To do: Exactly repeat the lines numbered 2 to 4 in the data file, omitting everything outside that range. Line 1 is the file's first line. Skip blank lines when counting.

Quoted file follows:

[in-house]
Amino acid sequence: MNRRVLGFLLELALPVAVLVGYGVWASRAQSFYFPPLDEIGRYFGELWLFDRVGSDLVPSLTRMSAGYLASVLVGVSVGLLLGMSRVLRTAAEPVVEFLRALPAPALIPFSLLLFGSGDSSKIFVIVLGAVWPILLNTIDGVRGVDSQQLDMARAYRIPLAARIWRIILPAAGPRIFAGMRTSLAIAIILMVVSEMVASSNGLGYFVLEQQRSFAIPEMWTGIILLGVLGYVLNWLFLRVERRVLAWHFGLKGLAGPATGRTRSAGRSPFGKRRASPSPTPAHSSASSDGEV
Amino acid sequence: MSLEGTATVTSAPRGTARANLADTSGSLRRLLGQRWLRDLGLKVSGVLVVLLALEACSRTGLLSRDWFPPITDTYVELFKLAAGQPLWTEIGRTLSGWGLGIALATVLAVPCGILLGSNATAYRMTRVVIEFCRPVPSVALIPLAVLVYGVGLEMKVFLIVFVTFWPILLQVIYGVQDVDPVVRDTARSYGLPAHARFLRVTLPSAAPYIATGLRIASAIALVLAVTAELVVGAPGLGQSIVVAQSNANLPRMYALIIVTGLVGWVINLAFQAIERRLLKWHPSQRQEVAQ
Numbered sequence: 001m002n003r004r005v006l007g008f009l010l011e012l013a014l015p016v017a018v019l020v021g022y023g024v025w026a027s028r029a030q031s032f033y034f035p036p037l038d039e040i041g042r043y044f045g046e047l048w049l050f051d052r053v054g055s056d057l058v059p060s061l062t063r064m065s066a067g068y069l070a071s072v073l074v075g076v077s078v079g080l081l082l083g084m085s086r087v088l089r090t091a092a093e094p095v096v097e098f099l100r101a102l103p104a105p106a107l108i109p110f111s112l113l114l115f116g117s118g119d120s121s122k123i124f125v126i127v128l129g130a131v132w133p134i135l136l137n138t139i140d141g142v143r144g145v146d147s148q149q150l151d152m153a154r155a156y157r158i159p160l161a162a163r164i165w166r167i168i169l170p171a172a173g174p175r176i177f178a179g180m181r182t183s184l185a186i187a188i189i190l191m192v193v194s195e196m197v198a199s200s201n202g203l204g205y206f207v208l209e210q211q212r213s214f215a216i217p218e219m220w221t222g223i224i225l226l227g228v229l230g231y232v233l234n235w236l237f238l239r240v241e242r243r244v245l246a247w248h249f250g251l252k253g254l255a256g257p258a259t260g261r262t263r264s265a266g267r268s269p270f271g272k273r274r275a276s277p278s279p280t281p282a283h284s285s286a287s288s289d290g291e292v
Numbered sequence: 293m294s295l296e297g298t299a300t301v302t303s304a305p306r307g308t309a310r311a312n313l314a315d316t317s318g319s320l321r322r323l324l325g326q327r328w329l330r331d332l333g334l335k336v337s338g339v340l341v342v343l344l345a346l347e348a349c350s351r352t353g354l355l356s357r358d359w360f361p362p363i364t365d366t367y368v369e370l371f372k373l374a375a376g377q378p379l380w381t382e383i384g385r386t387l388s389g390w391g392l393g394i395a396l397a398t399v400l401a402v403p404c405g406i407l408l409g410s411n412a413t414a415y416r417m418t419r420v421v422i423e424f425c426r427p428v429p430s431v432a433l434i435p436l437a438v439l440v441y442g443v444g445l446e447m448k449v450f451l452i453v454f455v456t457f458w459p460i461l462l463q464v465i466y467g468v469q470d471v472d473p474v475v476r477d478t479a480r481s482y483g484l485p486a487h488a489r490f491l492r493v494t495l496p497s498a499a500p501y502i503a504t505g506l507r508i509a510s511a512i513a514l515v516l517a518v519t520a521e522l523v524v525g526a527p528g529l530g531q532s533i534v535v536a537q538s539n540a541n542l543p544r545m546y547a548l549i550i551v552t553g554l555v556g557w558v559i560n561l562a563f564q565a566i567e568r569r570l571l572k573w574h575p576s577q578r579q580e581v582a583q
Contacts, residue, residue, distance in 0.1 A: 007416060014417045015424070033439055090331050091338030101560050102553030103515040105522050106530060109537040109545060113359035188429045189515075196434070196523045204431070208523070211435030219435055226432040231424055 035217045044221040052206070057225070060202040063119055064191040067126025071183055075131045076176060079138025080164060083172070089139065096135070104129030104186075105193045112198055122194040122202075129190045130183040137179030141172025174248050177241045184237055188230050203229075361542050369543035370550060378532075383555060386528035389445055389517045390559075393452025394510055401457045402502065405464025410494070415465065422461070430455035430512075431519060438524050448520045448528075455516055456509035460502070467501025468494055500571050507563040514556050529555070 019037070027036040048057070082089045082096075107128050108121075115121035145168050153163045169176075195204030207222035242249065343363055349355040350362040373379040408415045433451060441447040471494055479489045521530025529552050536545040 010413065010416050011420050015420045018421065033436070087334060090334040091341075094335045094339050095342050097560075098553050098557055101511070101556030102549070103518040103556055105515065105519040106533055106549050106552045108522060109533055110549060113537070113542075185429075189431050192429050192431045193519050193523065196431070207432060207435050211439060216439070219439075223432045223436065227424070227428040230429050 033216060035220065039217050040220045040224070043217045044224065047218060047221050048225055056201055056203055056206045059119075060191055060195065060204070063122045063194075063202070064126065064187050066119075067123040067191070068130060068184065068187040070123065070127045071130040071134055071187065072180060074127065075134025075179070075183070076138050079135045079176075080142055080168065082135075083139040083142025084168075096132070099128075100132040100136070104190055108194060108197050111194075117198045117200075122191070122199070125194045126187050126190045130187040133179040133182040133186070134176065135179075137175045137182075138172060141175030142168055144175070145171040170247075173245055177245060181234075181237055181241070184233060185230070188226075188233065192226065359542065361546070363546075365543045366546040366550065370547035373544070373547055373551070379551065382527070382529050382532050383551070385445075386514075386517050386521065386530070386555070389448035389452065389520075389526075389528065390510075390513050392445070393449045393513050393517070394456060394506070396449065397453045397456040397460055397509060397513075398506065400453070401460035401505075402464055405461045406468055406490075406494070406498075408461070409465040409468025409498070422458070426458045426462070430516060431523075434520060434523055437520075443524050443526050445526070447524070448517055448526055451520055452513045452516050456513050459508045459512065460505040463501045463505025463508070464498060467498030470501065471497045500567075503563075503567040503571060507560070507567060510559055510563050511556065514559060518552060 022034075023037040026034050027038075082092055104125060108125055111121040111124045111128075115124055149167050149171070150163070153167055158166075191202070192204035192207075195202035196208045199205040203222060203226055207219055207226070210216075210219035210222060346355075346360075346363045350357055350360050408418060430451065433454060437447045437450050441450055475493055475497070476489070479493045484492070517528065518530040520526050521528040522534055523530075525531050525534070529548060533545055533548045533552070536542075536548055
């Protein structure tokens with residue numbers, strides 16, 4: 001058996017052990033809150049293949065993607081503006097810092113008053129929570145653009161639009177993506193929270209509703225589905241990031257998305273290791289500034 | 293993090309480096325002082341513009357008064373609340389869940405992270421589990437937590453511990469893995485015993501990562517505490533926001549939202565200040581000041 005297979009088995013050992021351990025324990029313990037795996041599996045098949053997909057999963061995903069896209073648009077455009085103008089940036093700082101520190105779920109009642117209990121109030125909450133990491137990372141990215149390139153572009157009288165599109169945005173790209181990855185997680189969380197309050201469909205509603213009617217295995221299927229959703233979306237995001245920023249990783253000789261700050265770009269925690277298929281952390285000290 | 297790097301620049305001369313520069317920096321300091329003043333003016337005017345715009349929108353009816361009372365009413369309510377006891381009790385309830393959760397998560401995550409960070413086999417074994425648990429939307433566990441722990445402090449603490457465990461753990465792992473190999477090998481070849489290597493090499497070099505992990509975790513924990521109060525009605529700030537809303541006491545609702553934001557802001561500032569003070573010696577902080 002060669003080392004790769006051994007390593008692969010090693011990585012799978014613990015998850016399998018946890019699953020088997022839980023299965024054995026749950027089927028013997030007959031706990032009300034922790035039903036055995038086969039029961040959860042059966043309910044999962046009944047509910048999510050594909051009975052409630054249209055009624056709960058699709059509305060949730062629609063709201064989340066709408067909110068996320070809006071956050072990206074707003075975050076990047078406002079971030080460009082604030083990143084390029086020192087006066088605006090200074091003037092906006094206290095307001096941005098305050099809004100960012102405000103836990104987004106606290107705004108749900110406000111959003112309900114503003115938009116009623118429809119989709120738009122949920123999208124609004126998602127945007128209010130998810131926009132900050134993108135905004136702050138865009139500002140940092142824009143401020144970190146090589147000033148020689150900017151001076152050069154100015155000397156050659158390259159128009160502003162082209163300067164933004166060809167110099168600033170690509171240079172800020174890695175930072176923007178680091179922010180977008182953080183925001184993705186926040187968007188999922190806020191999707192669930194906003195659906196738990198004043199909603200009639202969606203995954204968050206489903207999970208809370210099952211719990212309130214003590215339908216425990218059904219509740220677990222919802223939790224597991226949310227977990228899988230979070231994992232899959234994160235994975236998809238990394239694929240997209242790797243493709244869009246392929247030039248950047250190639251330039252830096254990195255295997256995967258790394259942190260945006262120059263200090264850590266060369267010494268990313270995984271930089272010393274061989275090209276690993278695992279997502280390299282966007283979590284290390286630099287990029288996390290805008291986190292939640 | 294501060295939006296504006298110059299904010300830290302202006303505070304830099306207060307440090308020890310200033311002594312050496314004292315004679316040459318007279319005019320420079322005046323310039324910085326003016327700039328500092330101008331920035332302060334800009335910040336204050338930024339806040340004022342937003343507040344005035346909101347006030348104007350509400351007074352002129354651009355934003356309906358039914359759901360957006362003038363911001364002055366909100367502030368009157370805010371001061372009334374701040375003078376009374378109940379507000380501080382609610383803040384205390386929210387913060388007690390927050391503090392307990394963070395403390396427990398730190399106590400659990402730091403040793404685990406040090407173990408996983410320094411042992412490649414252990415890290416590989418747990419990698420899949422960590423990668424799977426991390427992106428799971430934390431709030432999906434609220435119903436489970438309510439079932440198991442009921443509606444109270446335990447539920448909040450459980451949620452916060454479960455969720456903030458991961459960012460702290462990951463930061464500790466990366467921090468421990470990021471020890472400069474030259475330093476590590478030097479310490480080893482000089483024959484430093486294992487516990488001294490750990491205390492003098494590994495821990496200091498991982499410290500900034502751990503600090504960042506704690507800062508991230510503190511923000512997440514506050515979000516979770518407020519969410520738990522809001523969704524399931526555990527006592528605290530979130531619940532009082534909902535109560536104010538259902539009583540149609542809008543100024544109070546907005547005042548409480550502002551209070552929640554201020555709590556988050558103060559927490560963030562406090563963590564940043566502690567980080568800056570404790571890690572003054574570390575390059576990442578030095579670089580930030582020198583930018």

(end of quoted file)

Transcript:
Amino acid sequence: MNRRVLGFLLELALPVAVLVGYGVWASRAQSFYFPPLDEIGRYFGELWLFDRVGSDLVPSLTRMSAGYLASVLVGVSVGLLLGMSRVLRTAAEPVVEFLRALPAPALIPFSLLLFGSGDSSKIFVIVLGAVWPILLNTIDGVRGVDSQQLDMARAYRIPLAARIWRIILPAAGPRIFAGMRTSLAIAIILMVVSEMVASSNGLGYFVLEQQRSFAIPEMWTGIILLGVLGYVLNWLFLRVERRVLAWHFGLKGLAGPATGRTRSAGRSPFGKRRASPSPTPAHSSASSDGEV
Amino acid sequence: MSLEGTATVTSAPRGTARANLADTSGSLRRLLGQRWLRDLGLKVSGVLVVLLALEACSRTGLLSRDWFPPITDTYVELFKLAAGQPLWTEIGRTLSGWGLGIALATVLAVPCGILLGSNATAYRMTRVVIEFCRPVPSVALIPLAVLVYGVGLEMKVFLIVFVTFWPILLQVIYGVQDVDPVVRDTARSYGLPAHARFLRVTLPSAAPYIATGLRIASAIALVLAVTAELVVGAPGLGQSIVVAQSNANLPRMYALIIVTGLVGWVINLAFQAIERRLLKWHPSQRQEVAQ
Numbered sequence: 001m002n003r004r005v006l007g008f009l010l011e012l013a014l015p016v017a018v019l020v021g022y023g024v025w026a027s028r029a030q031s032f033y034f035p036p037l038d039e040i041g042r043y044f045g046e047l048w049l050f051d052r053v054g055s056d057l058v059p060s061l062t063r064m065s066a067g068y069l070a071s072v073l074v075g076v077s078v079g080l081l082l083g084m085s086r087v088l089r090t091a092a093e094p095v096v097e098f099l100r101a102l103p104a105p106a107l108i109p110f111s112l113l114l115f116g117s118g119d120s121s122k123i124f125v126i127v128l129g130a131v132w133p134i135l136l137n138t139i140d141g142v143r144g145v146d147s148q149q150l151d152m153a154r155a156y157r158i159p160l161a162a163r164i165w166r167i168i169l170p171a172a173g174p175r176i177f178a179g180m181r182t183s184l185a186i187a188i189i190l191m192v193v194s195e196m197v198a199s200s201n202g203l204g205y206f207v208l209e210q211q212r213s214f215a216i217p218e219m220w221t222g223i224i225l226l227g228v229l230g231y232v233l234n235w236l237f238l239r240v241e242r243r244v245l246a247w248h249f250g251l252k253g254l255a256g257p258a259t260g261r262t263r264s265a266g267r268s269p270f271g272k273r274r275a276s277p278s279p280t281p282a283h284s285s286a287s288s289d290g291e292v